Sunday, January 31, 2010

The Truth About Alan Greenspan and Ben Bernanke

Simon Johnson has an important piece on the "colossal failure of government" as a result the Ben Bernanke reappointment. It is must reading, here.

Please forgive him for his closing comment:
Ultimately, sensible democratic governance prevails in the United States.
Afterall, he is part of the establishment. Ignore this and applaud him for kicking huge amounts of sand in the face of his fellow establishment buddies.

In the piece, Johnson not only speaks truth to the establishment about Bernanke, but he also takes on Alan Greenspan. Of Greenspan, he writes:
Unfortunately, two massive failures of governance at the level of the Senate also spring to mind: first, the strange case of Alan Greenspan, which stretched over nearly two decades; second, Ben Bernanke, reappointed today (Thursday).>

Greenspan, as you recall, was worshiped as some sort of economic magician. Even his most asinine comments were seized upon by a legion of acolytes. Instead of providing meaningful periodic oversight, every Senate hearing was essentially a re-coronation.

And now we can look back over 20 years and be honest with ourselves: Alan Greenspan contends for the title of most disastrous economic policy maker in the recent history of the world.
Yes, Greenspan was worshipped for his asinine comments and it is significant to see Johnson, former chief economist of the International Monetary Fund, a professor at the MIT Sloan School of Management, a senior fellow at the Peterson Institute for International Economics, and a member of the CBO’s Panel of Economic Advisers acknowledge the nonsense in Alan Greenspan pronouncements. This view is becoming more prevalent by the mainstream.

But there was only one economist in real time who recognized Greenspan as a phony, right from the start, and had the courage to write about it then. That was the great economist Murray Rothbard. Rothbard's early writings about Alan Greenspan are now must reading in light of Johnson's comments. Read them here. (Please note the link is to two Rothbard pieces. There is a bit of a problem in the layout of the Rothbard writings and the identification of the dates they were originally published. The first piece was published in 1987, when Greenspan was first confirmed by the Senate as Fed chairman. The second was published in 1991, at the time of Greenspan's reconfirmation.)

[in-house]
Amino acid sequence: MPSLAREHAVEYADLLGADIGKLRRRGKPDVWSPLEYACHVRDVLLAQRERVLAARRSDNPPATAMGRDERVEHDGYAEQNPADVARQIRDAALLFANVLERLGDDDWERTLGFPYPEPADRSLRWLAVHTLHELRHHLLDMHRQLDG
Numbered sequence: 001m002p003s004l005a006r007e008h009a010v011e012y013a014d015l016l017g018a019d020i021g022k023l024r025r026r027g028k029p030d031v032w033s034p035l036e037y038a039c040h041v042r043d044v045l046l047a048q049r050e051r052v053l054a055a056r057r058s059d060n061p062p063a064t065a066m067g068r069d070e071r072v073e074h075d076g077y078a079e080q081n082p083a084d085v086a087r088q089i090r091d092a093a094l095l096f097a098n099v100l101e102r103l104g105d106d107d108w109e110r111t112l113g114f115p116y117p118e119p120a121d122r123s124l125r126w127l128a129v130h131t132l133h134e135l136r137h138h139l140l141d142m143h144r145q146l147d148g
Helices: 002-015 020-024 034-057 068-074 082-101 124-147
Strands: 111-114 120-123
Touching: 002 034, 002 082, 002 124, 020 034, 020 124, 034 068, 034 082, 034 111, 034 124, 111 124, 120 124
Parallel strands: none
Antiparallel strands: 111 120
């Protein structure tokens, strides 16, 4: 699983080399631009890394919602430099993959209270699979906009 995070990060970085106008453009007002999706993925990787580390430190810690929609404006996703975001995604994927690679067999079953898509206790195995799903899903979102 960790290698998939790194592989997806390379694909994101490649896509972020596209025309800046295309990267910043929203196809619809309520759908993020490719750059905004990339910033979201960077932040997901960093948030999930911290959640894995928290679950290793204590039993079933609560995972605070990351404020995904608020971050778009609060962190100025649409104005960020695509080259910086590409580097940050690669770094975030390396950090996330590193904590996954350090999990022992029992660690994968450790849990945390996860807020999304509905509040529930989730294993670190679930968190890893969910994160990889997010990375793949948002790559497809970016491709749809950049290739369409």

The death of Rothbard in 1995 was the only thing that prevented a further attack on Greenspan as Greenspan opened the money spigots to fuel the housing bubble that is now causing financial devastation for many. That job was left to the students of Rothbard such as Stefan Karlsson, Peter Schiff and myself.


  1. Unfortunately Johnson's objection is that Greenspan was too laissez-faire and not enough of an interventionist. It's like if I roll my eyes about the president and the guy next to me says, "I hear ya! I thought I was voting for someone who would push through government health care."

  2. how did Rothbard die? Many people died mysteriously around the Clinton years. Greenspan was quoted, that Bill Clinton was the smartest man he had ever known.

  3. @BobMurphy

    I don't think that is necessarily the case with Johnson. I make clear that he is establishment and he has recently been calling for more regs over banks, but I don't thonk his critique of Greenspan is "Hey, Greenspan didn't inflate the housing bubble enough."

    Johnson and other establishment types are not applying as a general case to all boom bust cycles but they are calling Greenspan out for manipulating interest rates excessively low.

  4. Maybe he talks about low interest rates somewhere else, but in this particular article this is all I see to explain why Johnson thinks Greenspan was bad:

    And now we can look back over 20 years and be honest with ourselves: Alan Greenspan contends for the title of most disastrous economic policy maker in the recent history of the world.

    Some on Wall Street, of course, would disagree - arguing that the financial sector growth he fostered is not completely illusory, that we have indeed reached a new economic paradigm due to the Greenspan tonic of deregulation, neglect, and refusal to enforce the law. Prove the ill-effects, they cry.

    What part of 8 million net jobs lost since December 2007 do you still not understand?

  5. Yeah, I can't argue with that quote, he isn't laissez faire by a mile. But I was more focued on this, when I wrote my comment:

    Here's what markets really care about: credible fiscal policy, sufficiently tough monetary policy, and the extent to which big banks will be allowed to run amok - and then get bailed out again.